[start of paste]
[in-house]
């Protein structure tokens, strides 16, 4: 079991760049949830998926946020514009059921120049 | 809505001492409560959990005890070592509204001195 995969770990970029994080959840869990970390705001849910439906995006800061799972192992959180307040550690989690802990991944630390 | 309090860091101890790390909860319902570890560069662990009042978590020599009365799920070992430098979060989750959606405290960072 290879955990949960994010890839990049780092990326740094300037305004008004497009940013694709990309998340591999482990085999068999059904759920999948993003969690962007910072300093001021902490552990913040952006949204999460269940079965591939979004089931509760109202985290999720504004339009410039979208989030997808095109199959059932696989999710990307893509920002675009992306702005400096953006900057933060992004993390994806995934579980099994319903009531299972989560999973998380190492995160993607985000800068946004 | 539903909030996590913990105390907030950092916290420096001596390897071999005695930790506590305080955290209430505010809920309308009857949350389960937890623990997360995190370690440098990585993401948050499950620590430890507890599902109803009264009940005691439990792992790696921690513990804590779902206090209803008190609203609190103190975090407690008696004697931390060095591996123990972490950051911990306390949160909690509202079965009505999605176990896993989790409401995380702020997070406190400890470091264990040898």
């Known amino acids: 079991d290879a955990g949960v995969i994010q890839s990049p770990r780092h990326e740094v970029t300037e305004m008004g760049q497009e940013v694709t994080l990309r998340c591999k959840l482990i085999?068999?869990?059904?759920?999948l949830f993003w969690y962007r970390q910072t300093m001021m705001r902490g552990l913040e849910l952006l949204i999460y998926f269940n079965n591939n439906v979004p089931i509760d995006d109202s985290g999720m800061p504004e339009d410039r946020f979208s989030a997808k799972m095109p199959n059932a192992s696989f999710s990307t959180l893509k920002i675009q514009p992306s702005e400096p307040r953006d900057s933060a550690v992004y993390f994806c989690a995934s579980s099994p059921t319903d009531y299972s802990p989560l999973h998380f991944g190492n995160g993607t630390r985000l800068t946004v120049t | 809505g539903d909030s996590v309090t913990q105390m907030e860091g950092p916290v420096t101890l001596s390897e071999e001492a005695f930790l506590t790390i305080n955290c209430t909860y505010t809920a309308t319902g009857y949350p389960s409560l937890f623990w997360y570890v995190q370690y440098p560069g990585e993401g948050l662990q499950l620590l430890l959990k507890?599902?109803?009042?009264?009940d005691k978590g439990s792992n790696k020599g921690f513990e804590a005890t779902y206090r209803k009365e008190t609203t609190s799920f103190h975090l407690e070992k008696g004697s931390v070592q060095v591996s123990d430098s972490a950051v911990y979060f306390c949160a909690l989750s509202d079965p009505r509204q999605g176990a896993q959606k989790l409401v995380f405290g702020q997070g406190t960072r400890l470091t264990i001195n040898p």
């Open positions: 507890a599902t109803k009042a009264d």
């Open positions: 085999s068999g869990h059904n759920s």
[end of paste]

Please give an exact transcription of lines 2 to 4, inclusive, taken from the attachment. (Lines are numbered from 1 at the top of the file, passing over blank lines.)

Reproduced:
């Protein structure tokens, strides 16, 4: 079991760049949830998926946020514009059921120049 | 809505001492409560959990005890070592509204001195 995969770990970029994080959840869990970390705001849910439906995006800061799972192992959180307040550690989690802990991944630390 | 309090860091101890790390909860319902570890560069662990009042978590020599009365799920070992430098979060989750959606405290960072 290879955990949960994010890839990049780092990326740094300037305004008004497009940013694709990309998340591999482990085999068999059904759920999948993003969690962007910072300093001021902490552990913040952006949204999460269940079965591939979004089931509760109202985290999720504004339009410039979208989030997808095109199959059932696989999710990307893509920002675009992306702005400096953006900057933060992004993390994806995934579980099994319903009531299972989560999973998380190492995160993607985000800068946004 | 539903909030996590913990105390907030950092916290420096001596390897071999005695930790506590305080955290209430505010809920309308009857949350389960937890623990997360995190370690440098990585993401948050499950620590430890507890599902109803009264009940005691439990792992790696921690513990804590779902206090209803008190609203609190103190975090407690008696004697931390060095591996123990972490950051911990306390949160909690509202079965009505999605176990896993989790409401995380702020997070406190400890470091264990040898």
């Known amino acids: 079991d290879a955990g949960v995969i994010q890839s990049p770990r780092h990326e740094v970029t300037e305004m008004g760049q497009e940013v694709t994080l990309r998340c591999k959840l482990i085999?068999?869990?059904?759920?999948l949830f993003w969690y962007r970390q910072t300093m001021m705001r902490g552990l913040e849910l952006l949204i999460y998926f269940n079965n591939n439906v979004p089931i509760d995006d109202s985290g999720m800061p504004e339009d410039r946020f979208s989030a997808k799972m095109p199959n059932a192992s696989f999710s990307t959180l893509k920002i675009q514009p992306s702005e400096p307040r953006d900057s933060a550690v992004y993390f994806c989690a995934s579980s099994p059921t319903d009531y299972s802990p989560l999973h998380f991944g190492n995160g993607t630390r985000l800068t946004v120049t | 809505g539903d909030s996590v309090t913990q105390m907030e860091g950092p916290v420096t101890l001596s390897e071999e001492a005695f930790l506590t790390i305080n955290c209430t909860y505010t809920a309308t319902g009857y949350p389960s409560l937890f623990w997360y570890v995190q370690y440098p560069g990585e993401g948050l662990q499950l620590l430890l959990k507890?599902?109803?009042?009264?009940d005691k978590g439990s792992n790696k020599g921690f513990e804590a005890t779902y206090r209803k009365e008190t609203t609190s799920f103190h975090l407690e070992k008696g004697s931390v070592q060095v591996s123990d430098s972490a950051v911990y979060f306390c949160a909690l989750s509202d079965p009505r509204q999605g176990a896993q959606k989790l409401v995380f405290g702020q997070g406190t960072r400890l470091t264990i001195n040898p």
């Open positions: 507890a599902t109803k009042a009264d």